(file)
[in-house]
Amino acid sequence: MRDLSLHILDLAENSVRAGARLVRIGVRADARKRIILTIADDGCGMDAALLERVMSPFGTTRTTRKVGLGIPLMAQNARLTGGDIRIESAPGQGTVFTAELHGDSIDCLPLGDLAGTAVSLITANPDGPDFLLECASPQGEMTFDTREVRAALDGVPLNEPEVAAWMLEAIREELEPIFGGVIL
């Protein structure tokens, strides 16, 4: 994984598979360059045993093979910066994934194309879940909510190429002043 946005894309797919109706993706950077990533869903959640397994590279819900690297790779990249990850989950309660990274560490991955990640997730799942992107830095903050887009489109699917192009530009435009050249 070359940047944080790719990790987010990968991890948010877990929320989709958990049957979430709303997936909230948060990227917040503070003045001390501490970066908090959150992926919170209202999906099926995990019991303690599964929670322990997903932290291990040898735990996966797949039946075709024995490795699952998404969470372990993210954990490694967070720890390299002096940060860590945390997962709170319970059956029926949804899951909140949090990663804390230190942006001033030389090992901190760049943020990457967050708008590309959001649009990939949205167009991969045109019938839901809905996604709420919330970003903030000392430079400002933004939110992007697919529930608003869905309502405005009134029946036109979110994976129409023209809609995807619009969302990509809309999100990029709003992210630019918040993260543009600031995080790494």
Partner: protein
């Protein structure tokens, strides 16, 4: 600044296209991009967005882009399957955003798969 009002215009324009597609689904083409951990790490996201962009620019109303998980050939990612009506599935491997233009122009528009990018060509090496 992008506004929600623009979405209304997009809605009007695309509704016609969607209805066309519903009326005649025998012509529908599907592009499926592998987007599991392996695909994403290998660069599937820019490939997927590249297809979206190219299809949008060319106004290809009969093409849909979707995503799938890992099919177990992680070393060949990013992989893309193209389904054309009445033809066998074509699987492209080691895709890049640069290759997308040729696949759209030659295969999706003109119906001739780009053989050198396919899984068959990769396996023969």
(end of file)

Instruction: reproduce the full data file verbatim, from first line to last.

[in-house]
Amino acid sequence: MRDLSLHILDLAENSVRAGARLVRIGVRADARKRIILTIADDGCGMDAALLERVMSPFGTTRTTRKVGLGIPLMAQNARLTGGDIRIESAPGQGTVFTAELHGDSIDCLPLGDLAGTAVSLITANPDGPDFLLECASPQGEMTFDTREVRAALDGVPLNEPEVAAWMLEAIREELEPIFGGVIL
């Protein structure tokens, strides 16, 4: 994984598979360059045993093979910066994934194309879940909510190429002043 946005894309797919109706993706950077990533869903959640397994590279819900690297790779990249990850989950309660990274560490991955990640997730799942992107830095903050887009489109699917192009530009435009050249 070359940047944080790719990790987010990968991890948010877990929320989709958990049957979430709303997936909230948060990227917040503070003045001390501490970066908090959150992926919170209202999906099926995990019991303690599964929670322990997903932290291990040898735990996966797949039946075709024995490795699952998404969470372990993210954990490694967070720890390299002096940060860590945390997962709170319970059956029926949804899951909140949090990663804390230190942006001033030389090992901190760049943020990457967050708008590309959001649009990939949205167009991969045109019938839901809905996604709420919330970003903030000392430079400002933004939110992007697919529930608003869905309502405005009134029946036109979110994976129409023209809609995807619009969302990509809309999100990029709003992210630019918040993260543009600031995080790494």
Partner: protein
């Protein structure tokens, strides 16, 4: 600044296209991009967005882009399957955003798969 009002215009324009597609689904083409951990790490996201962009620019109303998980050939990612009506599935491997233009122009528009990018060509090496 992008506004929600623009979405209304997009809605009007695309509704016609969607209805066309519903009326005649025998012509529908599907592009499926592998987007599991392996695909994403290998660069599937820019490939997927590249297809979206190219299809949008060319106004290809009969093409849909979707995503799938890992099919177990992680070393060949990013992989893309193209389904054309009445033809066998074509699987492209080691895709890049640069290759997308040729696949759209030659295969999706003109119906001739780009053989050198396919899984068959990769396996023969």